14 MAR

Duncan McMartin, UC Cooperative Extension poultry specialist emeritus in the School of Veterinary Medicine at UC Davis, died Jan. 14

Duncan Alexander McMartin passed away peacefully at home on Jan. 14, 2017, from complications following routine surgery.

Duncan was born on March 30, 1932, to Alistair and Jean McMartin, at East Lodge on the Rannoch Estate at the west end of Loch Rannoch, Scotland, where his father was head gamekeeper. Duncan, along with his siblings Betty, Jessie and David, enjoyed a country childhood. Some of his best days were spent out on the moors or loch, hunting and fishing, more often than not with a dog by his side. His stories of growing up in such a wild and beautiful environment during a bygone era have kept friends and family entertained and inspired for many years. Read more

14 MAR

USDA has $80-$90 million to fight bird flu

The U.S. Department of Agriculture has $80 million to $90 million left over from the last major outbreak of bird flu to fight any new discoveries of the virus, the department’s chief veterinary officer said on Thursday.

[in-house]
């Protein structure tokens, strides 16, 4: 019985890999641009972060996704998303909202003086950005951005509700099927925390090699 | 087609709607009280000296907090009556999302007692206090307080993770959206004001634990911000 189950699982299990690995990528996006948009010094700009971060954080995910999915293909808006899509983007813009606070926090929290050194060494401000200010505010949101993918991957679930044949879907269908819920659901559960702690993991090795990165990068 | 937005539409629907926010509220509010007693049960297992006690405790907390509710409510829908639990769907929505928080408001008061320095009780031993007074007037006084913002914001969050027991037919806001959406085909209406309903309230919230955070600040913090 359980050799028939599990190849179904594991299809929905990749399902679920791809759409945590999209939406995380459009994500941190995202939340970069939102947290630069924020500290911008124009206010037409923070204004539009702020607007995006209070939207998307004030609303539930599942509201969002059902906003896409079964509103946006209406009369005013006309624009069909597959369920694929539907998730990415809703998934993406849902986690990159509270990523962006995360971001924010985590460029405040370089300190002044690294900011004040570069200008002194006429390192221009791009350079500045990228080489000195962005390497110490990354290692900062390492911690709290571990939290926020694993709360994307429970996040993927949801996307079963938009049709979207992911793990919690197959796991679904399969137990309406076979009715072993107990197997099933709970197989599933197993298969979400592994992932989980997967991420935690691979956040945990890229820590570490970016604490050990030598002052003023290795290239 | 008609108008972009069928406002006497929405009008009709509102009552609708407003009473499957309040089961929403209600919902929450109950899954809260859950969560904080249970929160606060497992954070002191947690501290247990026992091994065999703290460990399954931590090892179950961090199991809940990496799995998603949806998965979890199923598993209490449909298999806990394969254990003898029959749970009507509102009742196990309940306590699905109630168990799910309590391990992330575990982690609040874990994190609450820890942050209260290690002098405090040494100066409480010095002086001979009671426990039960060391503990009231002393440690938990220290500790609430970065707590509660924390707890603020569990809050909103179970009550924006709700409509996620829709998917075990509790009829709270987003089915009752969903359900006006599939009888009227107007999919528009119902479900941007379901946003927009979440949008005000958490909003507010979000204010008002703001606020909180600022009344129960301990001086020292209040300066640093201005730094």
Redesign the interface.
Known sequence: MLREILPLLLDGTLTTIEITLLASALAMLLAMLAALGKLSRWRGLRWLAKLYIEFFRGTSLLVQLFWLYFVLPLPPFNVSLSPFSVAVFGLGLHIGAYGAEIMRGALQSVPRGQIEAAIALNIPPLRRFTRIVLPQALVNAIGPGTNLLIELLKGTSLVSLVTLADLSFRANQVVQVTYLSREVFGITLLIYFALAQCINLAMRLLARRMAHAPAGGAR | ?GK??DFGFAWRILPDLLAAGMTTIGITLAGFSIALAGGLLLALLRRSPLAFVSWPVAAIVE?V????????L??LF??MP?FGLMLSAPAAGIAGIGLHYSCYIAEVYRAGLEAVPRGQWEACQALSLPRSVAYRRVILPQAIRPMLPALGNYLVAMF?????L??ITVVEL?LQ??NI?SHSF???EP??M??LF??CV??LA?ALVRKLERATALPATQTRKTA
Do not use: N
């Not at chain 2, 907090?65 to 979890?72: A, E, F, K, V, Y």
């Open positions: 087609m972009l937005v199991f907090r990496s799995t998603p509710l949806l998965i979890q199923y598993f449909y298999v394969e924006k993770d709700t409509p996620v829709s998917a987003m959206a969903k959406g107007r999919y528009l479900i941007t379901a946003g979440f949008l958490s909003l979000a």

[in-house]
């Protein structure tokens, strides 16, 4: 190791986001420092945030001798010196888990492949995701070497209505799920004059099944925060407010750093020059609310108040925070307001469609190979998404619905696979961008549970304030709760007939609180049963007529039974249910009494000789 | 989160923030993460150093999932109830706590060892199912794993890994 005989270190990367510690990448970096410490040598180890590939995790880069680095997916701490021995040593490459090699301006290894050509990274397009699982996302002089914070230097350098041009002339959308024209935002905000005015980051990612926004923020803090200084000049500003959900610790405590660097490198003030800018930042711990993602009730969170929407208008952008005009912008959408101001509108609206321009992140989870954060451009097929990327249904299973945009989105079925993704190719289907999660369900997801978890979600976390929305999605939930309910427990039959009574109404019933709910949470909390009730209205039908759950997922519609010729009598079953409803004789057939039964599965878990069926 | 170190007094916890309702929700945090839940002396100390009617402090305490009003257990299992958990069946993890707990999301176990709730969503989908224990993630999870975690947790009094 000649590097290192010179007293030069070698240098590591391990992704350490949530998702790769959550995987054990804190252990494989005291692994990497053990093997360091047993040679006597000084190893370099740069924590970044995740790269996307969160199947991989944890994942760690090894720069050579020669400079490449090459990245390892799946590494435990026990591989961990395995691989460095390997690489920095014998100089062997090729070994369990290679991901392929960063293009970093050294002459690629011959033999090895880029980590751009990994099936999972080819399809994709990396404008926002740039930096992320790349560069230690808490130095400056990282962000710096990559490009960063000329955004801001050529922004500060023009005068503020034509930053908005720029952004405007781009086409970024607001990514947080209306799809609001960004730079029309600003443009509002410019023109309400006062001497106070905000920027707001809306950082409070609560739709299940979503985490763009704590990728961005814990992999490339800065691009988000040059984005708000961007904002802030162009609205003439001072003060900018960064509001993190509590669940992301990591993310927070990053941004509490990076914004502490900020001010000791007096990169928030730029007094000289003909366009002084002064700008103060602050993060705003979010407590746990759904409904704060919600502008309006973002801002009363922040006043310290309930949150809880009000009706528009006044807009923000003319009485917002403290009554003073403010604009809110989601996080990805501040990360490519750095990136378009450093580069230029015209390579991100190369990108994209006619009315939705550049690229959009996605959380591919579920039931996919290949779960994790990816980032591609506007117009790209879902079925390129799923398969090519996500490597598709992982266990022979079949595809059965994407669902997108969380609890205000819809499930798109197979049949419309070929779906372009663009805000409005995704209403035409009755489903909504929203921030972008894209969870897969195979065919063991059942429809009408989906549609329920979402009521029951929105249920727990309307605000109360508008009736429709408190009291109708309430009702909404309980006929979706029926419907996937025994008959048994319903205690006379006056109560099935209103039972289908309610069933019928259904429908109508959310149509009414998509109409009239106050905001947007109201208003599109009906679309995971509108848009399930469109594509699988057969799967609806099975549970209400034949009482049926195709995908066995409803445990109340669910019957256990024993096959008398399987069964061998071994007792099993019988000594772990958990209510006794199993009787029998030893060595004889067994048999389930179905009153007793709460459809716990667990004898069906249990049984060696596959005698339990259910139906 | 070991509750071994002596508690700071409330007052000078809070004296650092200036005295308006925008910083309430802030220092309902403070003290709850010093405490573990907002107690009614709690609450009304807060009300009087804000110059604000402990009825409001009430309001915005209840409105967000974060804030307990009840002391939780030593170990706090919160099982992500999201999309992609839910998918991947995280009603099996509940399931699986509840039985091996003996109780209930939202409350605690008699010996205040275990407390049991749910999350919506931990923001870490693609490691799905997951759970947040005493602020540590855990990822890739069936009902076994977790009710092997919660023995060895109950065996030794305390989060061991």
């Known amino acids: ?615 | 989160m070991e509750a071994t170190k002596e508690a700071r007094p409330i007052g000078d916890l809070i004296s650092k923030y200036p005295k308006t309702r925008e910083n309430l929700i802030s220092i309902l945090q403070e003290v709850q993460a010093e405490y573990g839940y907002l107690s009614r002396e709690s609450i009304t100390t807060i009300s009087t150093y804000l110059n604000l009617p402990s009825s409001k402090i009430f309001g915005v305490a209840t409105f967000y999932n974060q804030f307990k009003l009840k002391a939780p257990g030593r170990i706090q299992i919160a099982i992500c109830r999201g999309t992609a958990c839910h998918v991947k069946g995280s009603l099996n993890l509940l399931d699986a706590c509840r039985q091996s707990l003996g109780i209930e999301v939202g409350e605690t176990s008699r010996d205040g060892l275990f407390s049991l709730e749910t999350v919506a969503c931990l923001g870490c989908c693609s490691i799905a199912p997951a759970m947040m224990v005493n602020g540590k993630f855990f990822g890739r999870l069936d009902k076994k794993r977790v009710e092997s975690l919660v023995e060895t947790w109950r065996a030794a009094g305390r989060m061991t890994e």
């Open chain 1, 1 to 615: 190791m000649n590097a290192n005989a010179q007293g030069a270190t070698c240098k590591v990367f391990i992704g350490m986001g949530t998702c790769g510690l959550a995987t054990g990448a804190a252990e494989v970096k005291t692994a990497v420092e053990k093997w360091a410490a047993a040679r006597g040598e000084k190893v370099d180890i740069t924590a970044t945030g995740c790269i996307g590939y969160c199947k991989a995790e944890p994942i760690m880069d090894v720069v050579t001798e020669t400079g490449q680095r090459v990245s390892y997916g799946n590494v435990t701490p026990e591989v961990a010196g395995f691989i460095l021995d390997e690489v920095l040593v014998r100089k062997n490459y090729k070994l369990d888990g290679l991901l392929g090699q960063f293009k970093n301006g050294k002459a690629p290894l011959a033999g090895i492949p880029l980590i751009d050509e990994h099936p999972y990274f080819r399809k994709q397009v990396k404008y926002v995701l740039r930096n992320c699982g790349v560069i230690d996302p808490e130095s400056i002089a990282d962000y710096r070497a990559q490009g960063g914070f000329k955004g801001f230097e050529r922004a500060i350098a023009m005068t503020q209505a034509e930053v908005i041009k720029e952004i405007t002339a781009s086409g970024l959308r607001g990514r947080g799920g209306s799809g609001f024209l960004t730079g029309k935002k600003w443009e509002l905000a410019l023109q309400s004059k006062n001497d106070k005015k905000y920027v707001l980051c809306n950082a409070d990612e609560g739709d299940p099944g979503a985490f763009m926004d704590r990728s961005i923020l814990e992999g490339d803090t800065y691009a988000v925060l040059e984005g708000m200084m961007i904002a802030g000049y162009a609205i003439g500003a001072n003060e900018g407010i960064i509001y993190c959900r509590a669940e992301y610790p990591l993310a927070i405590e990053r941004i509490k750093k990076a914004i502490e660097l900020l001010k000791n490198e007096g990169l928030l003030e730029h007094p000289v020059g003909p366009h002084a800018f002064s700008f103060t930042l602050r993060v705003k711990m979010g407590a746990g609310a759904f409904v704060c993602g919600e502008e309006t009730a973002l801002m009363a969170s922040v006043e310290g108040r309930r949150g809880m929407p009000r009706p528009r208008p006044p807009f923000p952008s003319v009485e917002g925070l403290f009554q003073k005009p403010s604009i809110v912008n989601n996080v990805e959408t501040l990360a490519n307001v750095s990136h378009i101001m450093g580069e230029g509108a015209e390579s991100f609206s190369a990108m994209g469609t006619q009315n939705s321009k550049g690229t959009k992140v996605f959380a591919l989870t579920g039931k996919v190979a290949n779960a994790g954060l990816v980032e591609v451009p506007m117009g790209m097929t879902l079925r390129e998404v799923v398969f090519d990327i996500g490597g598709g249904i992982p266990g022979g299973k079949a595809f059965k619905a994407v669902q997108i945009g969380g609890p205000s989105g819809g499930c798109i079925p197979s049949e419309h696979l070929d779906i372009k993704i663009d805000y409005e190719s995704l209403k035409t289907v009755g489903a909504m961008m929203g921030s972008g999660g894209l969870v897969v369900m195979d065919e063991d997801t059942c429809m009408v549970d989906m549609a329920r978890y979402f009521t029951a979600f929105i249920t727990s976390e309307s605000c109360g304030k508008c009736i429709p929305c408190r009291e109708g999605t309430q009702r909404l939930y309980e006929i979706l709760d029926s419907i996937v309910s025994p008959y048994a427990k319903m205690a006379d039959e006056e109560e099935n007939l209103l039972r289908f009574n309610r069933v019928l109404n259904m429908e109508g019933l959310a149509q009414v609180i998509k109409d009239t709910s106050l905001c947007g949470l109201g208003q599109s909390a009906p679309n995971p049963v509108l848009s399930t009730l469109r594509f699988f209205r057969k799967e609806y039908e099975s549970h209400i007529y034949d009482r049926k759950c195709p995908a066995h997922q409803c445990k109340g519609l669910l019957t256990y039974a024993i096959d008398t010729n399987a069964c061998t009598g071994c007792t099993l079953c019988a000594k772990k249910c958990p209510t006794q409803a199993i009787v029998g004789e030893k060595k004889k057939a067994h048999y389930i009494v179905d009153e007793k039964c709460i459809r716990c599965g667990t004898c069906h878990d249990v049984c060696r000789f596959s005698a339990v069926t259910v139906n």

USDA must appeal to Congress if more money is needed to fight the disease, which was recently found in two U.S. states and also has been confirmed across Asia and in Europe. Any potential request for emergency funding is complicated as U.S. President Donald Trump’s choice for the position has not yet been confirmed by the Senate. Read more

14 MAR

Cobb-Vantress launches animal welfare website

As part of a campaign to bring transparency and education about its on-farm animal welfare programs, officials with Cobb-Vantress Inc., announced the launch of a website on March 13 (www.cobbcares.com), which highlights the company’s commitment to the millions of chickens it is responsible for producing each year. Cobb-Vantress, a global poultry breeding stock supplier, is using the website to highlight educational programs, flock management and poultry health initiatives it has developed. Read more

09 MAR

USDA issues update on Highly Pathogenic Avian Influenza in Tennessee

USDA’s National Veterinary Services Laboratories (NVSL) has confirmed the full subtype for the highly pathogenic H7 avian influenza reported in Lincoln County, TN. The virus has been identified as North American wild bird lineage H7N9 HPAI based upon full genome sequence analysis of the samples at the NVSL. All eight gene segments of the virus are North American wild bird lineage. This is NOT the same as the China H7N9 virus that has impacted poultry and infected humans in Asia. While the subtype is the same as the China H7N9 lineage that emerged in 2013, this is a different virus and is genetically distinct from the China H7N9 lineage.